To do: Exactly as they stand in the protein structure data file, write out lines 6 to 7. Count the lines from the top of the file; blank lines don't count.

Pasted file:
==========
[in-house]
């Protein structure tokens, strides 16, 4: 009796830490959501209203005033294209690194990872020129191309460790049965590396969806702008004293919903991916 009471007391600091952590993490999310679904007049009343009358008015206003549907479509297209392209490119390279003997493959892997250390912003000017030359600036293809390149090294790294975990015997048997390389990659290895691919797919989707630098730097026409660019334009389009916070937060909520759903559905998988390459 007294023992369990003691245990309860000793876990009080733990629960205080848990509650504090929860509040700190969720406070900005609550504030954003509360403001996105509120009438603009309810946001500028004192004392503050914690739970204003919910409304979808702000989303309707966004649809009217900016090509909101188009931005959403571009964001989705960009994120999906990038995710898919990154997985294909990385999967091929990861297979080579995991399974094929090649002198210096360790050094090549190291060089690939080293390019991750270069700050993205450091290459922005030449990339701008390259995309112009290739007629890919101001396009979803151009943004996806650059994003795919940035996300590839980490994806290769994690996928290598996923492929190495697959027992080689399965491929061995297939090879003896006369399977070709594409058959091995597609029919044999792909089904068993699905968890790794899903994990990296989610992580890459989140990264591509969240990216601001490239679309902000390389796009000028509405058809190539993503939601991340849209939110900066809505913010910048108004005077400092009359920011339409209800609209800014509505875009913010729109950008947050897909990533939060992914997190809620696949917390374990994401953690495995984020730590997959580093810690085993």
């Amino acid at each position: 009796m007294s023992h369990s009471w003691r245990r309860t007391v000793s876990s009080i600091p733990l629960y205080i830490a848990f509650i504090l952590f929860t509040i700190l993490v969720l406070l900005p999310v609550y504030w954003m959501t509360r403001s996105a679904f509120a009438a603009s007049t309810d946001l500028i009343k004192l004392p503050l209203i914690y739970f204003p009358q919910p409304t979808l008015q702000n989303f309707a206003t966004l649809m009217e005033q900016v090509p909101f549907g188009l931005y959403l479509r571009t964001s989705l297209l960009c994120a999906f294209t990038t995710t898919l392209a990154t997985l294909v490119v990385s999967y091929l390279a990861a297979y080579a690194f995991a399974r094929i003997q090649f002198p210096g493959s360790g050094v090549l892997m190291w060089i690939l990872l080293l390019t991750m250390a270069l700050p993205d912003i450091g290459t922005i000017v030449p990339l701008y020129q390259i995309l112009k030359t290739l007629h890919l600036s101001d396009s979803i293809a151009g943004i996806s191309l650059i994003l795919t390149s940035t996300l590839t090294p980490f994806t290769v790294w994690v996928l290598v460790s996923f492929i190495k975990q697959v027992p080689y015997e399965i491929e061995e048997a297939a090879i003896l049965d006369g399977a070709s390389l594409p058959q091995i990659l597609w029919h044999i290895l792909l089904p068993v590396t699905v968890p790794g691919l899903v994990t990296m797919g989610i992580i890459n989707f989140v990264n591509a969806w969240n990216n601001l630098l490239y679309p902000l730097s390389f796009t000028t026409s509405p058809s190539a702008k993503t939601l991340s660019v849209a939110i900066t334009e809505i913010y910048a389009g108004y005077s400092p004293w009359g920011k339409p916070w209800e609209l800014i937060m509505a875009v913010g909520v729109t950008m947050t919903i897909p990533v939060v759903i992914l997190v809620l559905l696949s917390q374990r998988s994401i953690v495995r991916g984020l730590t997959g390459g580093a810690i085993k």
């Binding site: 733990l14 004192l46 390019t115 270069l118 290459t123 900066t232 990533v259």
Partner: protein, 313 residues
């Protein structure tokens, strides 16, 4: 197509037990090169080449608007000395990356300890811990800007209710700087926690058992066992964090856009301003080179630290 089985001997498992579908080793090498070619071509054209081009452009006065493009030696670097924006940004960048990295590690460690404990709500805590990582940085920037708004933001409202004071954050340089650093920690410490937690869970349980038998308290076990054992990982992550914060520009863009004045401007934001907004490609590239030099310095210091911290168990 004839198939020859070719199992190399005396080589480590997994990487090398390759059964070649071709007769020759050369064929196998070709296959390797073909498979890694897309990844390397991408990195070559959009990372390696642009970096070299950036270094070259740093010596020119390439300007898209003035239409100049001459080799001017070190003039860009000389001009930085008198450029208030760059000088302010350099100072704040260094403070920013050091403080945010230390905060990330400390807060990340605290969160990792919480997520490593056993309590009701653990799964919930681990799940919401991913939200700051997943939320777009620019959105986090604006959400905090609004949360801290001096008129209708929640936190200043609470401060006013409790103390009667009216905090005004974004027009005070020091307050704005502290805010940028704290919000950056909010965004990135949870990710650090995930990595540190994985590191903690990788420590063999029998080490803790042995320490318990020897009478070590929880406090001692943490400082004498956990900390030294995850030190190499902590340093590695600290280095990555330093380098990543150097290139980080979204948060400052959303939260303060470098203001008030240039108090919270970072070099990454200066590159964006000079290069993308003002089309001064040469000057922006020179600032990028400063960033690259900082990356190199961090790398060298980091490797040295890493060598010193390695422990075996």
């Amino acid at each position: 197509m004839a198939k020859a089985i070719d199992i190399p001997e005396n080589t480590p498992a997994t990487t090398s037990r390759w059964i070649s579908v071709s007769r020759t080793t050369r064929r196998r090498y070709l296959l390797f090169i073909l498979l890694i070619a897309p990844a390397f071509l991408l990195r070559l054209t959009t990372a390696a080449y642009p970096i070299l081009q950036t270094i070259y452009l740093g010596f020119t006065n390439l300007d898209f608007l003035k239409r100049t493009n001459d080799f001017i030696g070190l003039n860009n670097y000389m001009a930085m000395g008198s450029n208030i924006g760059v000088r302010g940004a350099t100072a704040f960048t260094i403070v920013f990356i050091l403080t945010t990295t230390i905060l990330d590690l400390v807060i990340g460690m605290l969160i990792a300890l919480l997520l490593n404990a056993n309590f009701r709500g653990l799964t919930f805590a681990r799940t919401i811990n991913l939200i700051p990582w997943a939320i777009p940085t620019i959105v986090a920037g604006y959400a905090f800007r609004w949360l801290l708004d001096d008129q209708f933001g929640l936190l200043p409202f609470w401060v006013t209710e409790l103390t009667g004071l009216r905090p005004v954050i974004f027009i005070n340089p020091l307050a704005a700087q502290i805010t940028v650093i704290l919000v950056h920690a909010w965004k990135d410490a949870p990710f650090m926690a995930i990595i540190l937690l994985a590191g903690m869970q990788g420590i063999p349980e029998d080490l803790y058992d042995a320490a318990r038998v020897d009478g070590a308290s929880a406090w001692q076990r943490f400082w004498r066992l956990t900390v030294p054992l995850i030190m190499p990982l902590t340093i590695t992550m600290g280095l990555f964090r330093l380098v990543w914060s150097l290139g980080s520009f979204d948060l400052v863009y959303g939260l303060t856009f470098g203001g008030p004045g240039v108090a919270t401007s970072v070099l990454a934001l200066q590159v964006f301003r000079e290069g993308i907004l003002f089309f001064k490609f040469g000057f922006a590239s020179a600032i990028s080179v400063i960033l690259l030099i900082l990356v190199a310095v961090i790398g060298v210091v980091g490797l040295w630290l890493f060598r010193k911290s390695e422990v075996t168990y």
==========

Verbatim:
């Protein structure tokens, strides 16, 4: 197509037990090169080449608007000395990356300890811990800007209710700087926690058992066992964090856009301003080179630290 089985001997498992579908080793090498070619071509054209081009452009006065493009030696670097924006940004960048990295590690460690404990709500805590990582940085920037708004933001409202004071954050340089650093920690410490937690869970349980038998308290076990054992990982992550914060520009863009004045401007934001907004490609590239030099310095210091911290168990 004839198939020859070719199992190399005396080589480590997994990487090398390759059964070649071709007769020759050369064929196998070709296959390797073909498979890694897309990844390397991408990195070559959009990372390696642009970096070299950036270094070259740093010596020119390439300007898209003035239409100049001459080799001017070190003039860009000389001009930085008198450029208030760059000088302010350099100072704040260094403070920013050091403080945010230390905060990330400390807060990340605290969160990792919480997520490593056993309590009701653990799964919930681990799940919401991913939200700051997943939320777009620019959105986090604006959400905090609004949360801290001096008129209708929640936190200043609470401060006013409790103390009667009216905090005004974004027009005070020091307050704005502290805010940028704290919000950056909010965004990135949870990710650090995930990595540190994985590191903690990788420590063999029998080490803790042995320490318990020897009478070590929880406090001692943490400082004498956990900390030294995850030190190499902590340093590695600290280095990555330093380098990543150097290139980080979204948060400052959303939260303060470098203001008030240039108090919270970072070099990454200066590159964006000079290069993308003002089309001064040469000057922006020179600032990028400063960033690259900082990356190199961090790398060298980091490797040295890493060598010193390695422990075996």
């Amino acid at each position: 197509m004839a198939k020859a089985i070719d199992i190399p001997e005396n080589t480590p498992a997994t990487t090398s037990r390759w059964i070649s579908v071709s007769r020759t080793t050369r064929r196998r090498y070709l296959l390797f090169i073909l498979l890694i070619a897309p990844a390397f071509l991408l990195r070559l054209t959009t990372a390696a080449y642009p970096i070299l081009q950036t270094i070259y452009l740093g010596f020119t006065n390439l300007d898209f608007l003035k239409r100049t493009n001459d080799f001017i030696g070190l003039n860009n670097y000389m001009a930085m000395g008198s450029n208030i924006g760059v000088r302010g940004a350099t100072a704040f960048t260094i403070v920013f990356i050091l403080t945010t990295t230390i905060l990330d590690l400390v807060i990340g460690m605290l969160i990792a300890l919480l997520l490593n404990a056993n309590f009701r709500g653990l799964t919930f805590a681990r799940t919401i811990n991913l939200i700051p990582w997943a939320i777009p940085t620019i959105v986090a920037g604006y959400a905090f800007r609004w949360l801290l708004d001096d008129q209708f933001g929640l936190l200043p409202f609470w401060v006013t209710e409790l103390t009667g004071l009216r905090p005004v954050i974004f027009i005070n340089p020091l307050a704005a700087q502290i805010t940028v650093i704290l919000v950056h920690a909010w965004k990135d410490a949870p990710f650090m926690a995930i990595i540190l937690l994985a590191g903690m869970q990788g420590i063999p349980e029998d080490l803790y058992d042995a320490a318990r038998v020897d009478g070590a308290s929880a406090w001692q076990r943490f400082w004498r066992l956990t900390v030294p054992l995850i030190m190499p990982l902590t340093i590695t992550m600290g280095l990555f964090r330093l380098v990543w914060s150097l290139g980080s520009f979204d948060l400052v863009y959303g939260l303060t856009f470098g203001g008030p004045g240039v108090a919270t401007s970072v070099l990454a934001l200066q590159v964006f301003r000079e290069g993308i907004l003002f089309f001064k490609f040469g000057f922006a590239s020179a600032i990028s080179v400063i960033l690259l030099i900082l990356v190199a310095v961090i790398g060298v210091v980091g490797l040295w630290l890493f060598r010193k911290s390695e422990v075996t168990y």